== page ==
Costa Rica still riding a hot streak -- can it keep it up?
Posted: Wednesday May 24, 2006 11:54AM; Updated: Friday May 26, 2006 1:51PM
Paulo Wanchope is Costa Rica's all-time leading goal scorer and a veteran of the English Premier League.
Stuart Franklin/Getty Images
By Mark Bechtel, SI.com
FIFA world ranking: No. 26.
How they qualified for Germany: Finished third in CONCACAF with a 5-1-4 record.
Previous World Cups and finishes: two appearances (1990, 2002). Second round in '90.
Manager: Alexandre Guimaraes, second year with team.
Prodigal son Paulo Wanchope is back plying his trade in the Costa Rican league after a brief spell in Qatar, where many an over-the-hill footballer has gone to cash a few last big paychecks before hanging up his boots. Make no mistake, though, Wanchope hasn't passed his prime. The former Derby County, Man City and West Ham striker is just 29. He is a mercurial talent.
He's gifted with size (at 6-foot-4 he was an aspiring basketball player who was recruited by D-I programs such as UNLV and Michigan State before switching to soccer) and skill (they still talk about his goal in his Derby County debut, at Old Trafford in 1997, when he wove through the Man Utd defense and put a left-footed shot past Peter Schmeichel; in fact, the English press compared it to Diego Maradona's slaloming goal against England in '86).
If it looks like Wanchope is winging it out there, it's because he usually is. But you can't argue with the results. Last year he became Costa Rica's all-time leading goal scorer with his 43rd goal in his 67th game -- which just happened to be a 3-0 drubbing of the U.S.
What to watch for
The Ticos might have been the most entertaining team in 2002. They attacked in waves before finally bowing out of the tournament with a 5-2 loss to Brazil (which let eventual third-place winner Turkey slide through on goal differential). After the Cup, Guimaraes left the team and was replaced by former U.S. boss Steve Sampson, who was succeeded by Jorge Luis Pinto. Under Pinto, Costa Rica barely eked past Cuba in the first round of qualifying. Pinto was let go during the final round, replaced by Guimaraes (a linchpin of the '90 World Cup squad), who turned things around. Under their old boss, the Ticos beat both the U.S. and Mexico to finish third.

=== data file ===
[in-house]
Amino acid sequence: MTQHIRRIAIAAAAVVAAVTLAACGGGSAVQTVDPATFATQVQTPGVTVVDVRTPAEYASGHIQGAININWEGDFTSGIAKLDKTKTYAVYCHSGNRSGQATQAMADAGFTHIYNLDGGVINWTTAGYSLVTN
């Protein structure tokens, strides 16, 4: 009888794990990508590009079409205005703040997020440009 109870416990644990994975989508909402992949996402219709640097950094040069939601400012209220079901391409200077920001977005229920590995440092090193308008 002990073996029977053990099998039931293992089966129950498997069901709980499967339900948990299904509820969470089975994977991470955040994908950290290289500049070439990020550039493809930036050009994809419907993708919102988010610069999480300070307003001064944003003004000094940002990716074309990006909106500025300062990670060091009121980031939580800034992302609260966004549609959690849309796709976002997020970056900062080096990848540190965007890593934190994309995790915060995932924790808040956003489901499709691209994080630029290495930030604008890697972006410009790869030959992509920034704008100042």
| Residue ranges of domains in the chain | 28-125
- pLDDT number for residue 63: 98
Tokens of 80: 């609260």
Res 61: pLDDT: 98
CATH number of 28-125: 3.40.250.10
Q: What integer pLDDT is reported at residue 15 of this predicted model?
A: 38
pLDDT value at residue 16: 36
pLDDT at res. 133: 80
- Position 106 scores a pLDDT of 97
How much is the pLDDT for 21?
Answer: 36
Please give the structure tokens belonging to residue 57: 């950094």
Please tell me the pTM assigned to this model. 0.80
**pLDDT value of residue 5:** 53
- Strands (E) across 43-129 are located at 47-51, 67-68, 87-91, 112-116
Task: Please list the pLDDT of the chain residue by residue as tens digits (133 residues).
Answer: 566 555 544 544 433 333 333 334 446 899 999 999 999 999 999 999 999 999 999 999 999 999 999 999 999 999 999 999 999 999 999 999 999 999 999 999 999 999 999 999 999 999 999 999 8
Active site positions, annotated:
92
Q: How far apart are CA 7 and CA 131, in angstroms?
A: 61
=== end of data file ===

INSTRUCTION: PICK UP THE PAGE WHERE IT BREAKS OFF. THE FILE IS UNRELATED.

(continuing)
Guimaraes has much the same team he did in '02. The question is, will he play the same brand of soccer? He has suggested that he learned his lesson from the Brazil game and won't put himself in a situation where his team will give up four or five goals. Given his group (the hosts figure to handle the Ticos as well as Ecuador and Poland), there's a pretty good chance the battle for second will come down to goal difference, so a more conservative approach might benefit him.
On the other hand, virtually all of his weapons are attacking players, so it'll be hard for him not to play to his strengths. Guimaraes will likely go with a 3-5-2, with free-kick specialist Rónald Gómez playing an attacking role and the speedy Cristian Bolaños out on the right. (Gómez scored the game-winner on a 90th-minute free kick for Deportivo Saprissa, a team loaded with national team players, in the third-place game at the Club World Championship last December.) Given the Ticos' group and their recent form, a trip to the round of 16 doesn't look like a bad bet.
Group: A (Germany, Poland, Ecuador).
Key match in group stage: June 9 vs. Germany. Costa Rica would love to get a point in its first game, which is also the tournament opener. Given the Germans' dismal defensive performances of late, the Ticos have a real chance to start the Cup off with a bang in what should be one of the more entertaining matches of the tourney.